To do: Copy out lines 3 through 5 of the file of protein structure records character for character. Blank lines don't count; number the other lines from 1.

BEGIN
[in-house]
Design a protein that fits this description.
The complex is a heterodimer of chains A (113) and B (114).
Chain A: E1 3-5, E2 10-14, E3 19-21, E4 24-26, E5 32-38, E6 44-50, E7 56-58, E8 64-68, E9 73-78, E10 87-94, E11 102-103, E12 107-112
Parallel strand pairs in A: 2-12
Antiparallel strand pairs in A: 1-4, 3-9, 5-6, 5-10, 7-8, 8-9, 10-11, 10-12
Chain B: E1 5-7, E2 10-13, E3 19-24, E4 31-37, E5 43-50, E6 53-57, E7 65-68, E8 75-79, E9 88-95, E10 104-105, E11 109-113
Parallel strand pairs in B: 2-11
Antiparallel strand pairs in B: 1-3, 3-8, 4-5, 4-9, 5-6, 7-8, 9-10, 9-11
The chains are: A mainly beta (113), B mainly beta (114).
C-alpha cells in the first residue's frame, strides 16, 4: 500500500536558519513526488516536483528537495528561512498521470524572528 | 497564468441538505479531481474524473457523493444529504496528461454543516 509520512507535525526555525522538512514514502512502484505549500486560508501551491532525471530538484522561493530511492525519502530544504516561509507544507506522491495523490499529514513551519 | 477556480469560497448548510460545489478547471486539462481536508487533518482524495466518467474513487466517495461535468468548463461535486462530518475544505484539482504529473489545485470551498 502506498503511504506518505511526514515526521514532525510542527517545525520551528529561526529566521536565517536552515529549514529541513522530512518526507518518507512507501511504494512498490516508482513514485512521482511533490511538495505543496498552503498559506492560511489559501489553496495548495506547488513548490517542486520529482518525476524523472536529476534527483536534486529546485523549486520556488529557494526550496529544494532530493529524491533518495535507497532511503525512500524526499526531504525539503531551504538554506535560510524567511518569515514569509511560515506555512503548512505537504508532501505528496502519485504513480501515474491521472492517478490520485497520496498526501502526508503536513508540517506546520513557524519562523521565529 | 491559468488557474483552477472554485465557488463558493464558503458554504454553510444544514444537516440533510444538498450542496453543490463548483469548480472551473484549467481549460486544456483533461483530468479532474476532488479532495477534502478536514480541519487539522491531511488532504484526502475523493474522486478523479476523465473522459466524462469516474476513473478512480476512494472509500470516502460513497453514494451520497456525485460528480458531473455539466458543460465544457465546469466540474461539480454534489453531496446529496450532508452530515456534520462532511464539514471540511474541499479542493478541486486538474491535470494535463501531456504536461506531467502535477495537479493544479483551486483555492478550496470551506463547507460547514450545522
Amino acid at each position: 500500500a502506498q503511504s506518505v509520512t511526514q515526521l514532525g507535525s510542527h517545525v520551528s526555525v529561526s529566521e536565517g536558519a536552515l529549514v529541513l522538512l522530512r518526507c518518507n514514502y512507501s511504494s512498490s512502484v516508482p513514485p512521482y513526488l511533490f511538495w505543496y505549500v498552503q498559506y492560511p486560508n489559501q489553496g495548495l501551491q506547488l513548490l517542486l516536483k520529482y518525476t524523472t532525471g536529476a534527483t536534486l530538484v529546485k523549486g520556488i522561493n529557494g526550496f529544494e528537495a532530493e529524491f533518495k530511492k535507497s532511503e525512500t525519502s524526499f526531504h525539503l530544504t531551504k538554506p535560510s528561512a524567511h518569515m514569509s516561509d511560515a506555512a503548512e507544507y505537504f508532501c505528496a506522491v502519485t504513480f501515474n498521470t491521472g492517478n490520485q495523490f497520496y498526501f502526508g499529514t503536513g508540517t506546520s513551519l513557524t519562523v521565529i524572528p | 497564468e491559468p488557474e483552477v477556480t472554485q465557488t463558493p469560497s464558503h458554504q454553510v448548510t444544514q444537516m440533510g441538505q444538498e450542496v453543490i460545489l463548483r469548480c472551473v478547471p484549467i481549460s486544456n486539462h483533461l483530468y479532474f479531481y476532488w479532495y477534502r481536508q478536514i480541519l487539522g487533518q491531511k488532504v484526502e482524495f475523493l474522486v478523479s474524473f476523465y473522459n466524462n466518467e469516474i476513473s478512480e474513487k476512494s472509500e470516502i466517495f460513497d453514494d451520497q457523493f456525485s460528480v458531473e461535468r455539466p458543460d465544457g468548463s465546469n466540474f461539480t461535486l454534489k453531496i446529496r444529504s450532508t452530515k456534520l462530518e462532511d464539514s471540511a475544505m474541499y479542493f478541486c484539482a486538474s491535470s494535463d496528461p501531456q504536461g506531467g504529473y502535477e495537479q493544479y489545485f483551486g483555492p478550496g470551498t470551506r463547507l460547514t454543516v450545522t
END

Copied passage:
The complex is a heterodimer of chains A (113) and B (114).
Chain A: E1 3-5, E2 10-14, E3 19-21, E4 24-26, E5 32-38, E6 44-50, E7 56-58, E8 64-68, E9 73-78, E10 87-94, E11 102-103, E12 107-112
Parallel strand pairs in A: 2-12